Q&A: Virtualization and Rigorous Testing

We examine how virtualization can benefit developers, the drawbacks of the technology when it comes to testing, and best practices developers can use to exploit the capabilities of virtualization.

There is more to virtualization that just saving floor space or power use in the data center. IT developers can profit from virtualization in many phases of a project’s lifecycle. Dennis Powell, Senior Product Manager, StackSafe Inc. shares his perspective on virtualization’s benefits when it comes to testing, the technology’s drawbacks, and best practices IT should follow to exploit virtualization’s capabilities.

Enterprise Systems: Virtualization has been around for years. How is its use different today than, say, 10 years ago?

The past decade has seen a lot of different concepts, ideas, and tools put forth to support this technology we call virtualization. In fairness, I should acknowledge IBM as a forerunner in the area of virtual machine development well before the past decade -- think Big Iron logical partitions (LPARs).

If I were to put my finger on the primary changes to virtualization over the past decade, I'd point to three things:

First, virtualization as a technology has advanced from primarily open source projects to a highly commercialized technology. From the late 90s forward, we've seen the introduction of a variety of virtualization technologies such as the FreeMWare project which yielded today's Plex86 (an open source Linux VM), Wine, a non-Microsoft alternative Windows API for running Windows programs on Linux, Solaris, Mac and FreeBSD, and DOSEMU to run DOS on Linux. I guess you could also point to the plethora of commercial mergers and acquisitions, for example EMC, Citrix, and Novell respectively acquiring VMware, Xensource, and Platespin as proof that virtualization is viewed as a strategic play and a foundation technology.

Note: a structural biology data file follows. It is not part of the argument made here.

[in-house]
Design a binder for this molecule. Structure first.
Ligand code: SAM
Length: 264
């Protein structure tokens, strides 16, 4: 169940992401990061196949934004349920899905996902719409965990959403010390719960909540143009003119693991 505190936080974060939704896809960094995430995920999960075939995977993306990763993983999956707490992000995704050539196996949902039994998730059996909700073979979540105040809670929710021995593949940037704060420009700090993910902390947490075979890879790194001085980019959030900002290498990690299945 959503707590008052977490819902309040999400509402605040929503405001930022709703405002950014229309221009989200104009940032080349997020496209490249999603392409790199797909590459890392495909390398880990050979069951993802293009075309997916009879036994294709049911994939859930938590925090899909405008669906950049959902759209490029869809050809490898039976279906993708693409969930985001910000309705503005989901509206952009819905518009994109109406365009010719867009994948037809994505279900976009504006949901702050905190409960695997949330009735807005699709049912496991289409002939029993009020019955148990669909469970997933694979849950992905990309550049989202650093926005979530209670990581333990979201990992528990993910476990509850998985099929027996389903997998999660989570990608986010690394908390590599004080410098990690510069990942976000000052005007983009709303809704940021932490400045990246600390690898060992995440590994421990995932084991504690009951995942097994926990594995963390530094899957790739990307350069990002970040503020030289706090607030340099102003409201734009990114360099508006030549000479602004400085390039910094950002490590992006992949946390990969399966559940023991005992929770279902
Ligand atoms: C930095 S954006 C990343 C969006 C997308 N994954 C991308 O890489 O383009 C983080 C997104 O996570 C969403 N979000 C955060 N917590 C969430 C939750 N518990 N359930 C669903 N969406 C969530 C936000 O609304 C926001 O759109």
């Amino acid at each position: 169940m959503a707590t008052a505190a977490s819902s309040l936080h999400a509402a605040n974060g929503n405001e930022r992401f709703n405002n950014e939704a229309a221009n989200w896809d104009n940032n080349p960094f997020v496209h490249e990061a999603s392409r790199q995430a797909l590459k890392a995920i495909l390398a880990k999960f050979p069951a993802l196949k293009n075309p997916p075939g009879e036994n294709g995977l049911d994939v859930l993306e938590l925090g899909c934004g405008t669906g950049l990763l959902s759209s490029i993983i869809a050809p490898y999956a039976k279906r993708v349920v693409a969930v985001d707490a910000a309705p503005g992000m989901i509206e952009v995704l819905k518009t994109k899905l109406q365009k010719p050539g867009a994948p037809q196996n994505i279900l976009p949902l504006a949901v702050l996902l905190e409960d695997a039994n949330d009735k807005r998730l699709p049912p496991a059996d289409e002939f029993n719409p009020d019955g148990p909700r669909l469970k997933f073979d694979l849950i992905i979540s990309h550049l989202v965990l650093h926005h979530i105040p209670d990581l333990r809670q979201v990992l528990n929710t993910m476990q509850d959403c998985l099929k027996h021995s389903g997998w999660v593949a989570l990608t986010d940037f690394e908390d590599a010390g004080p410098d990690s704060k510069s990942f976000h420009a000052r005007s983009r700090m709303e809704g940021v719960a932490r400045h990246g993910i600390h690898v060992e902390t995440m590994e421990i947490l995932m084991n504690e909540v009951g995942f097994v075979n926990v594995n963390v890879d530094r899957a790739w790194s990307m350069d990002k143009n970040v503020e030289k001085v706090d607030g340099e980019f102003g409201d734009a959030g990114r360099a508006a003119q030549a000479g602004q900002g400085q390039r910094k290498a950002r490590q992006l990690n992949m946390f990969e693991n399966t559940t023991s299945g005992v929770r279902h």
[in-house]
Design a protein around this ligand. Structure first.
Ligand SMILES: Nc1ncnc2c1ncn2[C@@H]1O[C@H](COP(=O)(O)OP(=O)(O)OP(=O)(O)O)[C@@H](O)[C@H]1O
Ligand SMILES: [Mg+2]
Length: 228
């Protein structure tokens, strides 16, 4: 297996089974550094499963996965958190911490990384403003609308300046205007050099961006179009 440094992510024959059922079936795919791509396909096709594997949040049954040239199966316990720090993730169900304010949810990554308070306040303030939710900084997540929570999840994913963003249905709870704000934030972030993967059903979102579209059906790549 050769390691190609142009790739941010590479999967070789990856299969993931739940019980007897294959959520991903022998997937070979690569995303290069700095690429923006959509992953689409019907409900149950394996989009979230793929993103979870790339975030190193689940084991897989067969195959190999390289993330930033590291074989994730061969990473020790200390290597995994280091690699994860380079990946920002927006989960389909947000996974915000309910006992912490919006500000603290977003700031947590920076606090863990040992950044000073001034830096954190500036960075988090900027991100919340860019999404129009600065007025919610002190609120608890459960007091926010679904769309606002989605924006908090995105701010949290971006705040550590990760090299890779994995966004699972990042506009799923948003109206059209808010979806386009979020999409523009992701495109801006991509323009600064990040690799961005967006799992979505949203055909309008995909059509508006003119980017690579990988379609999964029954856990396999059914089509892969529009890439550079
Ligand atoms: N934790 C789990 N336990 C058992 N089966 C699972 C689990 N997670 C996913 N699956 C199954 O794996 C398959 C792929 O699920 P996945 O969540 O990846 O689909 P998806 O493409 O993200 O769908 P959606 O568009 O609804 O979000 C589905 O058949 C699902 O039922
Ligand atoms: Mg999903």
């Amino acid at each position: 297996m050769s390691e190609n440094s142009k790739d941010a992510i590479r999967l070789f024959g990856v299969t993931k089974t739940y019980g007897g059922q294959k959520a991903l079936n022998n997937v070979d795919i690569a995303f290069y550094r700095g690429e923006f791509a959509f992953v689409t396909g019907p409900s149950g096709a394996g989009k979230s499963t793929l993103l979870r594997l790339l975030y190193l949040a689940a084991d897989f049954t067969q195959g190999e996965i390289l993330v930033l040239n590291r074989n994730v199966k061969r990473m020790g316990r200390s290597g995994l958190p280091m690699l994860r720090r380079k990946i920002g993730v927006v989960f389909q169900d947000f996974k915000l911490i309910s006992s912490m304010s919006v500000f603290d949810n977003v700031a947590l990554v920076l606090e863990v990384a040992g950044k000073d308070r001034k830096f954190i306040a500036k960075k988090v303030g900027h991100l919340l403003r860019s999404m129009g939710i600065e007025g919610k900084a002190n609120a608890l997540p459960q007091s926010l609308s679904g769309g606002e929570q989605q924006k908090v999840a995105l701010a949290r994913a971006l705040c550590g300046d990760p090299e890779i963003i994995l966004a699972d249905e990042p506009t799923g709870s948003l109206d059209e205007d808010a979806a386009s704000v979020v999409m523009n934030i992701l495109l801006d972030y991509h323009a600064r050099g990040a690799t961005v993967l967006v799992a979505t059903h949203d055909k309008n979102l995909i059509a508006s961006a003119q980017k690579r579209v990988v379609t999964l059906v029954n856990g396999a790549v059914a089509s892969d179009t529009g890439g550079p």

Second, the hype cycle for virtualization is peaking. Much of the current escalation in the industry to adopt virtualization is, in my opinion, being driven by society and in turn IT industry's focus on green computing and the need to save energy in the data center. Virtualization is a proven value in terms of server consolidation, energy footprint reduction, and reduced floor space. The commercial success of VMware, Xensource, and Parallels (MAC virtualization) is undisputable. Couple this with a pending hypervisor-based competition between Microsoft and these vendors, particularly VMware, and what you have is a considerable number of IT organizations needing to get smart on virtualization quickly.

Third, while many virtualization users still see the value of consolidation (and resultant cost savings) as the primary driver to deploy virtualization, we're seeing a “second generation” of virtualization use. This includes a growing focus on virtualization as a production platform for mission-critical systems, the growth in tools to help manage the virtual production environment, and the use of virtualization as an enabling technology for change management staging and testing platforms.

How does virtualization impact the way IT tests, particularly at each stage of testing (e.g., unit testing, system testing, etc.)?

The impact of virtualization on IT testing depends on the source of, and deployment target for, tested components, and the development and testing methodology and approach that an IT organization deploys.